The talented and courageous are encouraged to enter the magazine's arts competition.

The talented and courageous are encouraged to enter the magazine’s arts competition.

There is ONE WEEK left for Arizona lawyers to submit to our annual Creative Arts Competition. But because the holidays are so crazy, why not submit now, rather than on the evening of January 15, the deadline?

We welcome entries in the following categories:

  • Fiction
  • Nonfiction
  • Poetry
  • Humor
  • Music
  • Visual Arts: Painting, Photography, Drawing, Sculpture

We will publish the winners in the May 2018 issue.

Send submissions to and queries to the editor at

And do you like reading rules? We’ve got them.

For inspiration, here is last year’s issue with the 2017 awesome winners.

2018 Creative Arts Competition call for artists

Hon. Ralph G. Smith

At the end of November, the legal and arts community lost a champion of both when Hon. Ralph Smith passed away.

Here at Arizona Attorney Magazine, we knew him mainly as the judge who won—twice—in our annual Creative Arts Competition. Not only that, he did so in two categories.

His April 2005 winner was in Nonfiction. His essay titled “In Praise of City Court” told us a lot about the author: humorous, generous and courteous. You can read that story here.

Then, in May 2010, he wowed us again by taking top honors in our Poetry category. You can read his entries here.

But, in case you don’t click, here are two of his pieces. Rest in peace, Judge.

The Pas De Deux Café

I am at the Pas de Deux Café, the Green House,

In time for the matinee ballet.

Shelly, the prima ballerina,

slim and blonde, makes her entrance,

(to my silent but appreciative applause),

Through the kitchen’s swinging doors,

To the cacophonous music of forks on plates.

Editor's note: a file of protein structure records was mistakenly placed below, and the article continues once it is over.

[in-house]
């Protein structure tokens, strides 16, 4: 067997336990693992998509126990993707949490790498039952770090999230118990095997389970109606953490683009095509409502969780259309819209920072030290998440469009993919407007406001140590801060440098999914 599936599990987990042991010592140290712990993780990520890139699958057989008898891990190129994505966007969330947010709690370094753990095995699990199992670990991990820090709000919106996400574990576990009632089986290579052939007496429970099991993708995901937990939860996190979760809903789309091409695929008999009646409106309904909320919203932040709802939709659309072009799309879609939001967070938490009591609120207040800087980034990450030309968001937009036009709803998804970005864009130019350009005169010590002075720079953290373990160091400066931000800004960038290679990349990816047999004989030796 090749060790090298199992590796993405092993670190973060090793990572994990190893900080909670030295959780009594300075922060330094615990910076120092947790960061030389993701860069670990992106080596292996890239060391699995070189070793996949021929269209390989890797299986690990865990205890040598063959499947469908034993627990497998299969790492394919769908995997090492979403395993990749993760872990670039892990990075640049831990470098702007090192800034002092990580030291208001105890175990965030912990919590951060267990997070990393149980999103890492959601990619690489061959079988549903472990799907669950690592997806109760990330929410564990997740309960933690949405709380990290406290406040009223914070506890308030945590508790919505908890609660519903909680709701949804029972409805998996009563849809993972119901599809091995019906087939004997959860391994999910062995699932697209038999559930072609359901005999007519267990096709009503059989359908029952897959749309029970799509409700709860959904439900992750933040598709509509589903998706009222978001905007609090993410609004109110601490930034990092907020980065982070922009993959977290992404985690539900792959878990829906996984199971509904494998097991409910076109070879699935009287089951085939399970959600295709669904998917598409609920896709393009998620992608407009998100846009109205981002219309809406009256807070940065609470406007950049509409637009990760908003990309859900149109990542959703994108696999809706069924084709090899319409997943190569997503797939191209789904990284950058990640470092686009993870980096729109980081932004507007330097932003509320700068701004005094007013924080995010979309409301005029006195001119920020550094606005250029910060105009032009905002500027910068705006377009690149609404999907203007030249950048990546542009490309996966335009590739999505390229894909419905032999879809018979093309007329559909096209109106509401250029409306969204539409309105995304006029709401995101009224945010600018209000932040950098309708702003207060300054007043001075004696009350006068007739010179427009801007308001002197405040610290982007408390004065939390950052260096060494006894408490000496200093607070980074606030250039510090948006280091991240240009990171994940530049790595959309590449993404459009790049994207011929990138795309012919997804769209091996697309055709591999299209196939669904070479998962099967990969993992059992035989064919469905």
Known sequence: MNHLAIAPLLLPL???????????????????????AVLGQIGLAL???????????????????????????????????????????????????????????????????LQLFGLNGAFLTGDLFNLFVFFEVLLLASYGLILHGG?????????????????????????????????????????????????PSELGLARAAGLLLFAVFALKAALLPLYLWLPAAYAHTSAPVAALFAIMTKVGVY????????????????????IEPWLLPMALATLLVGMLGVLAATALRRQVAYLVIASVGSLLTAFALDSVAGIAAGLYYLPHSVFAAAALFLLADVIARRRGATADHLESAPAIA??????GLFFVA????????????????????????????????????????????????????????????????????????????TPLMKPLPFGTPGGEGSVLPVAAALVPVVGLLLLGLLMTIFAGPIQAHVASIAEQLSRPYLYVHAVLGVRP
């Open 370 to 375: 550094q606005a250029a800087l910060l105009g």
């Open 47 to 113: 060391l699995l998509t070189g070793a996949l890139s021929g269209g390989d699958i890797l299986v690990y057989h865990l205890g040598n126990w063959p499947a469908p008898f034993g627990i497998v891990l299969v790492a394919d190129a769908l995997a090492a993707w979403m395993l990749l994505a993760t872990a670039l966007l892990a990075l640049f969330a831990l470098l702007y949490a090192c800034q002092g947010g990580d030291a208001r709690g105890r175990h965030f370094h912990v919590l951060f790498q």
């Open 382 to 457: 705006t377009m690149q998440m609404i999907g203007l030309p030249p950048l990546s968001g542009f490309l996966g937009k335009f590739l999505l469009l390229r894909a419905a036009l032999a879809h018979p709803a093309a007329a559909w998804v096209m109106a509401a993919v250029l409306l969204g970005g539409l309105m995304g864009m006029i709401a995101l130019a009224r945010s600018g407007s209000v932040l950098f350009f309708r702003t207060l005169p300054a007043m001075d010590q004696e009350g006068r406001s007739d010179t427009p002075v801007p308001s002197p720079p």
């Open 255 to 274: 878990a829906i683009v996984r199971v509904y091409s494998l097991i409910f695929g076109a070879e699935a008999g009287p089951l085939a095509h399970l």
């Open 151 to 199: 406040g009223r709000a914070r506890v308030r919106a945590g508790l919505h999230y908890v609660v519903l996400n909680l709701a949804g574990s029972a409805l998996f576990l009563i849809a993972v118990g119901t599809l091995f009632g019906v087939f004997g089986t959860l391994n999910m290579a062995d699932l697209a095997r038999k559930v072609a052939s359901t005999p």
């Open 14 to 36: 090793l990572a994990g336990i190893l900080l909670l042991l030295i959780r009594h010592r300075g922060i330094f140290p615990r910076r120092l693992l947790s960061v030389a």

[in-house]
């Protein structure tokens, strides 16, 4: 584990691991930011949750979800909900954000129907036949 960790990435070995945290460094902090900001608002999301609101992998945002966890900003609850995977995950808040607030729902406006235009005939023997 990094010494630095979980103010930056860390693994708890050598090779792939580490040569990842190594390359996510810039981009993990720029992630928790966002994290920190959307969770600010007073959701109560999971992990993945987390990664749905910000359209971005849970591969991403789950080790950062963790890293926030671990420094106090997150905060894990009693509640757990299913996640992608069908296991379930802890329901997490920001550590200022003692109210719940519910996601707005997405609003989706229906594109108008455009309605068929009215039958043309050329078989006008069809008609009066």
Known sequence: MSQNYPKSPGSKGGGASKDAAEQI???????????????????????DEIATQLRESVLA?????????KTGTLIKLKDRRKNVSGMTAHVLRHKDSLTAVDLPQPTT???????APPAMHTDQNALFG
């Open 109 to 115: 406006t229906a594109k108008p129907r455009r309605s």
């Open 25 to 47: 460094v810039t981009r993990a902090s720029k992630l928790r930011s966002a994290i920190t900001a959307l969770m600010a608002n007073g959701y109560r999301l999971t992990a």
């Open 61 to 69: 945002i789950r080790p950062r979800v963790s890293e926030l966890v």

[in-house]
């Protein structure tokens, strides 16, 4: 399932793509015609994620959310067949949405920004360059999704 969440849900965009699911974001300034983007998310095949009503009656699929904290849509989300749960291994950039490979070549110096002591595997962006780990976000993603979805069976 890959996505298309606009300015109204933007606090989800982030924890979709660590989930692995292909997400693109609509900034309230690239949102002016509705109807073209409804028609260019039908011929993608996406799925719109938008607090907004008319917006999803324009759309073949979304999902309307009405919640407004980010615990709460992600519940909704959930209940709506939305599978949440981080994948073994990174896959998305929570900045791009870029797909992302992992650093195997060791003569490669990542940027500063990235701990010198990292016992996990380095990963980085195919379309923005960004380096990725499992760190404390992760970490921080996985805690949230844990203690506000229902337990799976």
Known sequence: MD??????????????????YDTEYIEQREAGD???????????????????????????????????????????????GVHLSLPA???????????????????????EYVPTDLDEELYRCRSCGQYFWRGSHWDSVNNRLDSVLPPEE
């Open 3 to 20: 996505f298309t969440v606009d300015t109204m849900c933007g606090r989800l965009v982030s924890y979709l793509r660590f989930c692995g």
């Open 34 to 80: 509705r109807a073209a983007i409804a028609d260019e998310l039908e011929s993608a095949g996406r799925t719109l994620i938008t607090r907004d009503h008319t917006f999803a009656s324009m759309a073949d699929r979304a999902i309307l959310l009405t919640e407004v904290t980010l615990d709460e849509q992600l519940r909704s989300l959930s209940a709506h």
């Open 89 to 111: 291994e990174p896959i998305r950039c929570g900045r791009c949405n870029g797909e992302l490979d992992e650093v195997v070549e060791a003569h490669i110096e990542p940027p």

She threads her way with dips and pirouettes

Executed with grace and authority,

around the tables and the chairs,

past the other ballerinas, and does a pas de deux

with Sandra, who approaches from the outside patio.

Shelly takes my order,

bending down with a friendly smile,

then pirouettes once more,

and disappears backstage.

The cacophony rises to a crescendo,

and the prima ballerina again emerges,

with tray held on high, as she dips and whirls,

and deftly opens the glass door to the patio

with a provocative bump of  her firm derriere,

never missing a beat of the music playing in my head.

Dance, ballerina, dance!

It was the performance of my day.

Torta En Toluca

Pretty as she was,

It was not Carlota that I remember so clearly,

On that sunny Mexican morning

On the plaza in Toluca, with the smell

Of charcoal in the air, grilling the chorizo, on market day

And the Indians sitting by their shaded lean-tos,

With the fruits and vegetables and that

Wonderful pottery with the black and yellow designs

Spread out around them.

No—It was the sandwich that she fixed

From a can of tuna she had brought along,

And mayo, and avocado, from those small

Purple aguacates that she got there in the market,

That taste so good when

Spread on a bolillo or telera, the buns

She bought for ten centavos from

The old lady with the basketful, and

Prepared while we sat on the hard bench

In the plaza, happy, laughing at each other

And devouring the impromptu tortas which were

Delicious, and matched our mood.

Yes, she was pretty, and perhaps it was her

Laugh, her smile, her tousled hair that overcame

The beauty of her being, the totality,

Which are like the things we cannot see

While looking into the sun.

But the sandwich I remember, and the sunny day.

And our happiness and laughter, all delicious.

Herodatus was right—you can never step into the same river